President Cyril Ramaphosa meets with leaders of political parties to discuss ways to address days of unrest that has left scores dead and battered the economy.
South African President Cyril Ramaphosa has said he might order more troops onto the streets as the army and police struggled to quell days of looting and violence, while some citizens armed themselves to protect their property and businesses from the rampage.
Ramaphosa met with leaders of political parties on Wednesday to discuss ways to address the unrest.
"President Ramaphosa welcomed proposals made by political leaders and said expanded deployment of the South African National Defence Force was being addressed," a government statement said.
The king of Zulu community, the country's largest ethnic group, also called for an end to unrest after six days of looting left scores of dead and battered the economy.
"I call for peace," Misuzulu Zulu said on state television.
The violence "has brought great shame on all of us," he said, adding "this chaos is destroying the economy, and it is the poor who will suffer the most."
The violence appeared to have abated in some areas on Wednesday, but in others, there was renewed burning and looting.
READ MORE: Death toll rises as looting, violence spreads in South Africa
'Let them come? Don't waste your ammo?' This is what has become of the 'Rainbow dream' of our father the late Mzee Mandela? Okay, let the racists in South Africa come. They have forgotten African law. We never retreat or surrender! We have never been defeated by racists! pic.twitter.com/QoRgOrzmZ9— Muhoozi Kainerugaba (@mkainerugaba) July 14, 2021
Citizens armed with guns, many from South Africa's white minority, blocked off streets to prevent further plundering, Reuters TV footage showed.
One man shouted at a group gathered at a street corner: "Go home and protect your homes".
Other residents crowded outside supermarkets waiting for them to open so they could stock up on essentials.
Some rich Durban residents chartered small planes and helicopters out of the city, a Reuters news agency photographer reported.
Others queued for food and fuel. Many roads out of the city were blocked either by people looting or vigilantes.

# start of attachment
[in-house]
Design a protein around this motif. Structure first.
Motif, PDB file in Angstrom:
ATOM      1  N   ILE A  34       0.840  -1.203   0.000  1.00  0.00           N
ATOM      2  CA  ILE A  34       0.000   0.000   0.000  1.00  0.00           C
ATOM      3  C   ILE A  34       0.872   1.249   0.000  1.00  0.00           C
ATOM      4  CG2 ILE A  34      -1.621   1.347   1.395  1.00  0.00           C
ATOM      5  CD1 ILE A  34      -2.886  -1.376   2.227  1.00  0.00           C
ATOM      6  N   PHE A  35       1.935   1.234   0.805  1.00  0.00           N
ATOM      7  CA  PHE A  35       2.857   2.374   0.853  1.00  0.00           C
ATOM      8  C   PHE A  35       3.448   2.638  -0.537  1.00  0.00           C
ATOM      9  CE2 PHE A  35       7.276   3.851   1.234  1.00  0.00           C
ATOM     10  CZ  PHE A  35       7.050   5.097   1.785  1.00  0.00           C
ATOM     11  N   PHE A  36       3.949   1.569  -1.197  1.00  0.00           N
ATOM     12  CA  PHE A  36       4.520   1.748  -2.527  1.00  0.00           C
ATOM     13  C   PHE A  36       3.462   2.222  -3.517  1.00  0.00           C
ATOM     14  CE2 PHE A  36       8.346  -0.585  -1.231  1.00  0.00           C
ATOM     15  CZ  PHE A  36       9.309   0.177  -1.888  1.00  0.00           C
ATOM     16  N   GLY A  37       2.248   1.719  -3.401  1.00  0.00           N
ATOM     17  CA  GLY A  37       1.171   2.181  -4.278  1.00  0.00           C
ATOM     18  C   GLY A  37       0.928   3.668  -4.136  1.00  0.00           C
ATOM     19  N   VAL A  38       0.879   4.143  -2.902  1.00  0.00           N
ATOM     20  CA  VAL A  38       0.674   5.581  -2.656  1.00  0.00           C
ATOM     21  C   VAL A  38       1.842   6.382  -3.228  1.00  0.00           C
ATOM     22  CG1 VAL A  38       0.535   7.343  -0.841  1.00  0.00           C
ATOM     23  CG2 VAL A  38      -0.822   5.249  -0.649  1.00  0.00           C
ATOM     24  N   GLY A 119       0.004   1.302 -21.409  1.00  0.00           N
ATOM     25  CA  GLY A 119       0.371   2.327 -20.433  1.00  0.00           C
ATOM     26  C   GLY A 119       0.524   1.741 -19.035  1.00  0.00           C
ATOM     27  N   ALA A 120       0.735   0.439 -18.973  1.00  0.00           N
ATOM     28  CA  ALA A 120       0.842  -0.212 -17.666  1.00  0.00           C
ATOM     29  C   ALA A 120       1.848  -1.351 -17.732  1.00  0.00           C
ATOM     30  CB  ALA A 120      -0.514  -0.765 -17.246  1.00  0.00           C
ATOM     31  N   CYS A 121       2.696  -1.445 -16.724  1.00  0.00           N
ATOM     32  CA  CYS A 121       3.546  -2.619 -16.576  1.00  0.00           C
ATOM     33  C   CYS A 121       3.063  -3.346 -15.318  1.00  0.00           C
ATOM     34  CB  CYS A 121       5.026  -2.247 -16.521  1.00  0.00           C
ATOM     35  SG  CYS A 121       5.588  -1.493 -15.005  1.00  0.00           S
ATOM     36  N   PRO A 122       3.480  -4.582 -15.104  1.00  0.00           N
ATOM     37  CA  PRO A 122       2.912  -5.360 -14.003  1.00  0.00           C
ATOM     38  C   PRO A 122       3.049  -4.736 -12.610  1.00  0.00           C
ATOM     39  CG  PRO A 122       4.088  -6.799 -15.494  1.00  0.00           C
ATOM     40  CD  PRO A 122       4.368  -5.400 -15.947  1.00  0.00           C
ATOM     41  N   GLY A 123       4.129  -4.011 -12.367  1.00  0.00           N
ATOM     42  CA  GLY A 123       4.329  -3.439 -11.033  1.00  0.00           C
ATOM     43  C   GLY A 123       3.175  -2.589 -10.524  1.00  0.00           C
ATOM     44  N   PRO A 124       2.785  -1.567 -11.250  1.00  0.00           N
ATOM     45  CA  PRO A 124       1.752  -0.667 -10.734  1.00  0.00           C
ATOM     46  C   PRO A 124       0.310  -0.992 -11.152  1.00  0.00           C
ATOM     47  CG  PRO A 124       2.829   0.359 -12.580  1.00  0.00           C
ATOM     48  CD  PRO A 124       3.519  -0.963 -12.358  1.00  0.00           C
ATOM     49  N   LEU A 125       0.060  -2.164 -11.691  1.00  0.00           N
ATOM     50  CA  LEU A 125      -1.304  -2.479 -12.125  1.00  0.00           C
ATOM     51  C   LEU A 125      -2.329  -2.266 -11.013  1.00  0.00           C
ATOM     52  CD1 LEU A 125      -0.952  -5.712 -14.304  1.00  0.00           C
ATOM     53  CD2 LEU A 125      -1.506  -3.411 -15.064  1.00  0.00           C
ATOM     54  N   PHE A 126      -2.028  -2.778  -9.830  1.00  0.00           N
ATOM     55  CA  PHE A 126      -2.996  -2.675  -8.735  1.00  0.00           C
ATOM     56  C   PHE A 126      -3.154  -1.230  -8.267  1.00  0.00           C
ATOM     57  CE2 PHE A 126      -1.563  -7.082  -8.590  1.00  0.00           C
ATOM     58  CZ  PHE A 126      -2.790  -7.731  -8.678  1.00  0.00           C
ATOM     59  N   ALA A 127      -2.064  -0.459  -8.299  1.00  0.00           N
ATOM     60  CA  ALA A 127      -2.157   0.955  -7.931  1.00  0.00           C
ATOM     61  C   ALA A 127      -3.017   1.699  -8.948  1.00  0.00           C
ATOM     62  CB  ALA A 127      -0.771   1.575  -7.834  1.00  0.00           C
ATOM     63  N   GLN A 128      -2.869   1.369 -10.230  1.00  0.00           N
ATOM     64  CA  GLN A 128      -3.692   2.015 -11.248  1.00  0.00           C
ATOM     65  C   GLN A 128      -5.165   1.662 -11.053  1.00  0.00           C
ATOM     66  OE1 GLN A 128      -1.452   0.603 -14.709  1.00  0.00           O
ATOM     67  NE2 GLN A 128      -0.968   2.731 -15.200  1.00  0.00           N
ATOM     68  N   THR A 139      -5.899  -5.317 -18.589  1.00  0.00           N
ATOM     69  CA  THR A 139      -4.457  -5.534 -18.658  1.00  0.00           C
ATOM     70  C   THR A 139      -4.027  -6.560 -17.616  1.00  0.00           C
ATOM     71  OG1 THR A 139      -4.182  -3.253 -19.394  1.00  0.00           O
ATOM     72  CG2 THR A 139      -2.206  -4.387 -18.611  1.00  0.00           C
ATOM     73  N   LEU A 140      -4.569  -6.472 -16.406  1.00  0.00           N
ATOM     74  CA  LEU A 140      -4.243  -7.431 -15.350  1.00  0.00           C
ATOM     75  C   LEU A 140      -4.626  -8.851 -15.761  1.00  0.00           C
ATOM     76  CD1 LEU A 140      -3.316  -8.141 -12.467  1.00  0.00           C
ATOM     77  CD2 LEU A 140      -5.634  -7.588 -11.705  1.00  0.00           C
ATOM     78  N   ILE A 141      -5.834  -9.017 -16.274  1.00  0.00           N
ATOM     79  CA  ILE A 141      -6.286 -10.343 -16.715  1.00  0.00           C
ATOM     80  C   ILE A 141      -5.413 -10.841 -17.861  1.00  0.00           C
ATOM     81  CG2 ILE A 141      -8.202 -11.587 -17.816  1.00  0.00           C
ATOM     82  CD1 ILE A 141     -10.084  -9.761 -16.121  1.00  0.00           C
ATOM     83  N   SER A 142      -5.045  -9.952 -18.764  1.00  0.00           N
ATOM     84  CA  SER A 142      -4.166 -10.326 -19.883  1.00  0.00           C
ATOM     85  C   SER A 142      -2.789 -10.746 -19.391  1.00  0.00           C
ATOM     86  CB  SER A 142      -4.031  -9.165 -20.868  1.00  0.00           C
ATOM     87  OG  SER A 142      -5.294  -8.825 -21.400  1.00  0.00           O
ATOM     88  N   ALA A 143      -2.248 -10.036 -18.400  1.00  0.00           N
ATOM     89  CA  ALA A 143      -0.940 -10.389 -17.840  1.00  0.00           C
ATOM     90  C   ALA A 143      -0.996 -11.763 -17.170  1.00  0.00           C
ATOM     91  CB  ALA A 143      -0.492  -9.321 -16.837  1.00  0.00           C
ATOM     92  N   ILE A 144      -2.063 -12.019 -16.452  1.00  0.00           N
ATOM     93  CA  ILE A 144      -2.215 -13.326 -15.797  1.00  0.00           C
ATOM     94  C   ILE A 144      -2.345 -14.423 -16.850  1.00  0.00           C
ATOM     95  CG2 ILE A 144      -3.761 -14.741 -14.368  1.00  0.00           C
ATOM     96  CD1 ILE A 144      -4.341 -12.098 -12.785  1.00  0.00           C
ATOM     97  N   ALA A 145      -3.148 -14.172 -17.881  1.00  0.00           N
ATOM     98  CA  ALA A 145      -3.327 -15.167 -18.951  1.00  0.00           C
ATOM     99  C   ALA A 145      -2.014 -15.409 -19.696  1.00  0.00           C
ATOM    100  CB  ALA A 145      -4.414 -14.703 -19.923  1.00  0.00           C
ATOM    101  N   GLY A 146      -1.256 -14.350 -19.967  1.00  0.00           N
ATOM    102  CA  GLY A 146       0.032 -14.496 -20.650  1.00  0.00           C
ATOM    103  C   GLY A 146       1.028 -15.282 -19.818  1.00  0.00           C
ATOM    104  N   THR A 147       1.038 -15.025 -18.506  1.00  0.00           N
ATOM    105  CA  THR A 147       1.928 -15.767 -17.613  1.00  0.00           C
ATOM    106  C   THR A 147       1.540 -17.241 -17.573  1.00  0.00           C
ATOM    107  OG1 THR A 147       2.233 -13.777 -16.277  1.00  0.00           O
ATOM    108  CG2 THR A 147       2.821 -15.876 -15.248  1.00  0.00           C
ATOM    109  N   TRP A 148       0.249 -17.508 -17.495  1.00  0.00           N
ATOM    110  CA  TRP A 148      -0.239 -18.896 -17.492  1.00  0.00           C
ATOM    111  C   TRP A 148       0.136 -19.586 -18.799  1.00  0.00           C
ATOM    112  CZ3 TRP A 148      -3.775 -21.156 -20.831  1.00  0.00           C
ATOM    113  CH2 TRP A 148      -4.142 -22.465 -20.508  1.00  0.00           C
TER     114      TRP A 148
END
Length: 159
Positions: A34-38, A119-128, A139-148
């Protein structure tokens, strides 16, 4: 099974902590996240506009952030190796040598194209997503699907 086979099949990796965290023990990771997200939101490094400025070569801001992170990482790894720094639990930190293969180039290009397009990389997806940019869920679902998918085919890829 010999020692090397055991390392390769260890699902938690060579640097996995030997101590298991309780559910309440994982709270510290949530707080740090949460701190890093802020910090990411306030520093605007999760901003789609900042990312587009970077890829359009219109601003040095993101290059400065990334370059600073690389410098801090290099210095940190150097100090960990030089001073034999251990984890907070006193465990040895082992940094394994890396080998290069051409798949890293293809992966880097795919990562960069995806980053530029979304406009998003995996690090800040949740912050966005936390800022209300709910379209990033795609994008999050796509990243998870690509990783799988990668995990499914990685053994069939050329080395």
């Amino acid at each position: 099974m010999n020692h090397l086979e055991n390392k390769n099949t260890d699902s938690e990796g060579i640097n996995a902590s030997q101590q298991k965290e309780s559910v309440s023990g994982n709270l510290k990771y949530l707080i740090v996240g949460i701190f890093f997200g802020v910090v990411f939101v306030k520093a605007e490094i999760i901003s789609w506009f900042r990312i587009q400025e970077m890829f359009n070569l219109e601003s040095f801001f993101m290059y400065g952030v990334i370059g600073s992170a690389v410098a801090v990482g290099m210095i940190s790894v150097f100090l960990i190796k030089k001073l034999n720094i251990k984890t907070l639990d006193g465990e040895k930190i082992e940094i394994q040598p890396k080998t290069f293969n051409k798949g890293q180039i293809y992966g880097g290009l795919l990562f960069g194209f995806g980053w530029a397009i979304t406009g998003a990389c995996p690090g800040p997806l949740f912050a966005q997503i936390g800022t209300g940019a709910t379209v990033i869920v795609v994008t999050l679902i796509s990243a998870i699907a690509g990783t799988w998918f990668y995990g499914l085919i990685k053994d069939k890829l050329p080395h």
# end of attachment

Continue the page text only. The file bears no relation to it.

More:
Durban warehouse on fire
Earlier, several shops were being looted in the town of Hammarsdale, KwaZulu-Natal.
Plumes of black smoke rose from a burning warehouse in Durban, while nearby people loaded up with goods scattered on the roadside.
In Alexandra township in Johannesburg on Wednesday, one of the city's poorest neighbourhoods, a Reuters correspondent saw soldiers moving door to door to confiscate stolen items, with the help of civilians opposed to the looting.
In Soweto, eNCA television footage showed civilians alongside police protecting malls that were yet to be hit by rioters.
Overnight the chaos spread to two other provinces - Mpumalanga, just east of Gauteng, and Northern Cape, police said.
The unrest also disrupted hospitals struggling to cope with a third wave of Covid-19.
The National Hospital Network (NHN), representing 241 public hospitals already under strain from Africa's worst Covid-19 epidemic, said it was running out of oxygen and drugs, most of which are imported through Durban, as well as food.
"The impact of the looting and destruction is having dire consequences on hospitals," the NHN said.
Staff in affected areas were unable to get to work, it said, worsening shortages caused by the pandemic.
The poverty and inequality fuelling the violence has been compounded by severe social and economic restrictions aimed at curbing COVID-19.
The United Nations in South Africa expressed concern that disruptions to transport for workers from the riots would also exacerbate the problems.
The rand is hovering around three-month lows, a retreat for what had been one of the best performing emerging market currencies during the pandemic.
$1 billion lost in damage
South Africa's largest refinery SAPREF in Durban has been temporarily shut down, an industry official said on Wednesday.
The mayor of Ethekwini, the municipality that includes Durban, estimated that 15 billion rand ($1 billion) had been lost in damage to property and another billion in loss of stock.
Some 40,000 businesses had been hit by the unrest, he said.
"A large portion of these may never recover," he told reporters on Wednesday, which put almost 130,000 jobs at risk.
READ MORE: South Africa’s Zuma challenges jail term as supporters riot
This queue for bread this morning is growing in Soweto not far for from Maponya mall after a truck arrived less than half an hour ago.#UnrestSA#SouthAfrica (@ietskaylo) pic.twitter.com/oSw8Hiowr8— Team News24 (@TeamNews24) July 14, 2021
Zuma, 79, was sentenced last month for defying a court order to give evidence at an inquiry investigating high-level looting during his nine years in office until 2018.
He also faces trial in a separate case on charges including corruption, fraud, racketeering and money laundering. The former president pleaded not guilty in court in May.
His foundation said on Tuesday that violence would continue until his release.
Though triggered by Zuma's imprisonment, the unrest reflects growing frustration at failures by the ruling African National Congress to address inequality decades after the end of white minority rule in 1994 ushered in democracy.
Roughly half the population lives below the poverty line, according to the latest government figures from 2015, and growing joblessness since the pandemic has left many desperate. Unemployment stood at a new record high of 32.6% in the first three months of 2021.
READ MORE: South Africa's ex-leader Zuma to appeal jail term, will not surrender